Shock Me, I'm Bourgeois

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2009.07.07 12:44
Bilocation Syndrome
finally, after over 85 pages...
At the same time, in parallel...
"As if the Straits of Gilbraltar acted as some metaphysical junction point between the worlds. In those days to pass through that narrow aperture into the vast, uncertain field of Ocean was to behind the known world, and perhaps its conventions about being in only one place at a time. . . .Once passed through, did the ship take two tacks at once? Did the wind blow in two ways? Or was it the giant fish that possessed the power of bilocation? Two fishes, two Jonahs, two Agadirs?
"This smoke in here I've been breathing," said Kit, "this wouldn't be . . . um, hasheesh?"
As if she had exited her life briefly and been given the ability to travel on a parallel course, "close" enough to watch herself doing it, Dally discovered an alternate way to travel by land, port to port, faster than the ship was moving. . . . She sped, it seemed slightly above ground level, through the fragrant late-summer twilight, parallel to the course of the ship. . . . She would return to her deck chair out of breath, sweating, exhilirated [sic] for no reason, as if she had just escaped some organized threat to her saftey.
It's worth noting that the bilocations began just when Kit reached the ultimate depth of his exploration/discovery of the Stupendica as actually two ships. Indeed, he becomes trapped within the parallel time of the Emperor Maximilian, and hence nowhere to be found on the Stupendica. Note too how it's after searching all over for Kit that Dally actually bilocates herself.
as noted above...

2003.09.04 18:08
I purposefully walked from the front door of the Philadelphia Museum of Art down the Benjamin Franklin Parkway to the far side of Logan Circle and then back to the Art Museum. I did this to get a real sense of the scale of the virtual axis of life within Piranesi's Ichnographia Campus Martius.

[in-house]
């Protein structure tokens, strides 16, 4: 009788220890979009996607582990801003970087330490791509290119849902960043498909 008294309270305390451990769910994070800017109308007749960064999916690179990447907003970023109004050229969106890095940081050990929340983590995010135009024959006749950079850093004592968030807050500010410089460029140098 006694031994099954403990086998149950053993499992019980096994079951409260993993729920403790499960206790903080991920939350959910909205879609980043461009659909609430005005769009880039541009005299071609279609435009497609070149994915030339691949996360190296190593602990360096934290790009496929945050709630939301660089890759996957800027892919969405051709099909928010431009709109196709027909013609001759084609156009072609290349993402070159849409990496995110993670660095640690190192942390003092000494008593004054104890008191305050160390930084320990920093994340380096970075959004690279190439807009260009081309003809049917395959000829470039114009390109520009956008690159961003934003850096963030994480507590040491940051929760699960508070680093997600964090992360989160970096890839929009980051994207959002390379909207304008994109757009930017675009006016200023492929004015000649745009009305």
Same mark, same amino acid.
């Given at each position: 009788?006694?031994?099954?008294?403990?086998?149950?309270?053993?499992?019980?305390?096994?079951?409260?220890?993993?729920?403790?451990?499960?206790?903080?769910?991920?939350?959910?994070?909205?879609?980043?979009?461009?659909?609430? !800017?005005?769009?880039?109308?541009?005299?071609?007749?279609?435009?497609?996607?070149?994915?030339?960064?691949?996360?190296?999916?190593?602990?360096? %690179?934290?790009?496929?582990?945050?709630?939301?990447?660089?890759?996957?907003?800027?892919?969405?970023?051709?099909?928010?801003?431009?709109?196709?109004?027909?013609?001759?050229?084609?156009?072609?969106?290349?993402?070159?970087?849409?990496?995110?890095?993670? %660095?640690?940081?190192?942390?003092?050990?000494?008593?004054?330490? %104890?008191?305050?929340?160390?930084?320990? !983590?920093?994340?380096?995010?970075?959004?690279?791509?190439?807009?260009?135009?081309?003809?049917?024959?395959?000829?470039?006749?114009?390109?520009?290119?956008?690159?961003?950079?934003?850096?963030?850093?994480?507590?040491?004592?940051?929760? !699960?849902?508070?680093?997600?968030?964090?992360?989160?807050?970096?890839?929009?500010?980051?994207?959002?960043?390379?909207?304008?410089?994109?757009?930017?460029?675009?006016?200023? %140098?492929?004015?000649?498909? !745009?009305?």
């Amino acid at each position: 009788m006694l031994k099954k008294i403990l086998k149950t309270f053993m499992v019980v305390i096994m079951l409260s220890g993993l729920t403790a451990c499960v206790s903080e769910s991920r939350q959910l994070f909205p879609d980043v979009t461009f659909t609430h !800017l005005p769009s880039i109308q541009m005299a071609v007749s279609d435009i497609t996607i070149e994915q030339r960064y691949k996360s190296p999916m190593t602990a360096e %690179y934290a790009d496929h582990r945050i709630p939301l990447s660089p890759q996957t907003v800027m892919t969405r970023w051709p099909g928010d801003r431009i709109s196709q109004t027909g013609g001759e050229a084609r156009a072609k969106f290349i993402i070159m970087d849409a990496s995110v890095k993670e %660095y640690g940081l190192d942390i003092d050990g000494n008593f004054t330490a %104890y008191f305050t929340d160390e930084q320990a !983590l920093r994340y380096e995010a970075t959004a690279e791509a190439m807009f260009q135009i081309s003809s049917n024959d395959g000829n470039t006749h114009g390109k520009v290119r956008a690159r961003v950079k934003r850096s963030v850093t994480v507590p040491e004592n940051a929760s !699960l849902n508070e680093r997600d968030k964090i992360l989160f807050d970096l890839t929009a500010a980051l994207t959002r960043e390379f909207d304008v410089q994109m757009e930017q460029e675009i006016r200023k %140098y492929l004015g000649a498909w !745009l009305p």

In reality I was walking across the forecourt of the Philadelphia Museum of Art, then down the steps that Rocky made famous running up, then across Eakins Oval, where the largest painting in the world once was, then down a tree covered allee along the south side of the Parkway stretching for three long blocks, then around Logan Circle, and then back in the direction I came although this time along the north side of the Parkway.
In virtuality I was walking through the Nympheum Neronis high on the Vatican Hill, through the Porticus Neronianae, through the Templum Martis (Temple of Mars), through the Area Martis where the Triumphal Way begins its "march" (this is around where the Rodin Museum is on the Benjamin Franklin Parkway, and, as luck would have it, where the route of many of today's Philadelphia parades begin), then I walked around Hadrian's tomb, and then I walked back.

Liciniani, Luciliani, Luculiani

Against Interpretation
Against the Day
The Judicious Eye: Architecture Against the Other Arts

2009.07.04 15:55
things to see/ do in Philiadelphia
"...the grand and the grungy." how true

2009.07.01 15:36
what is the difference between paradise & utopia?
...I found your intitial query thought provoking in that, as you say, one doesn't really hear about architects designing (a) paradise.
When PG,UB suggested research into landscape design of the Middle Eastern and Islamic world, I began to think about the Alhambra--a fortress/palace/city as paradise.
Regarding heterotopia, for some reason, I began to think of the novel Platform--notions of sex tourism within 'paradise'. Also got out my Foucault Reader and read "Space, Knowledge and Power" where Foucault says a few things about ancient Roman baths and their eventual demise throughout Europe--not exactly places of paradise, but public, social places centered around activities of pleasure.
You say you are planning to design a paradise. Care to share a little more about that?

2009.06.29 20:56
slowly trying to accomplish cover to cover...
Walter Benjamin, Illuminations.
Susan Sontag, Against Interpretations.
Joseph Rykwert, The Judicious Eye: Architecture Against the Other Arts.
and the Bilocation chapter of
Thomas Pynchon, Against the Day.

2009.06.28 16:43
what is the difference between paradise & utopia?
I'd say both paradise and utopia are man-made [intellectual] constructs, but paradise is metaphoric and utopia is paradigmatic.

2009.06.28 12:00
what is the difference between paradise & utopia?
Perhaps also related is Robert Geddes's "The Forest Edge" in A.D. 52 11/12-1982. The opening paragraphs:
"In 1753, Marc Antoine Laugier, the French theorist, proposed the primitive hut as the foundation of architecture in his Essai sur l'architecture. The frontispiece of his second edition shows the muse indicating architecture's true source and origin by pointing to a hut at the edge of the forest made of four trees acting as columns.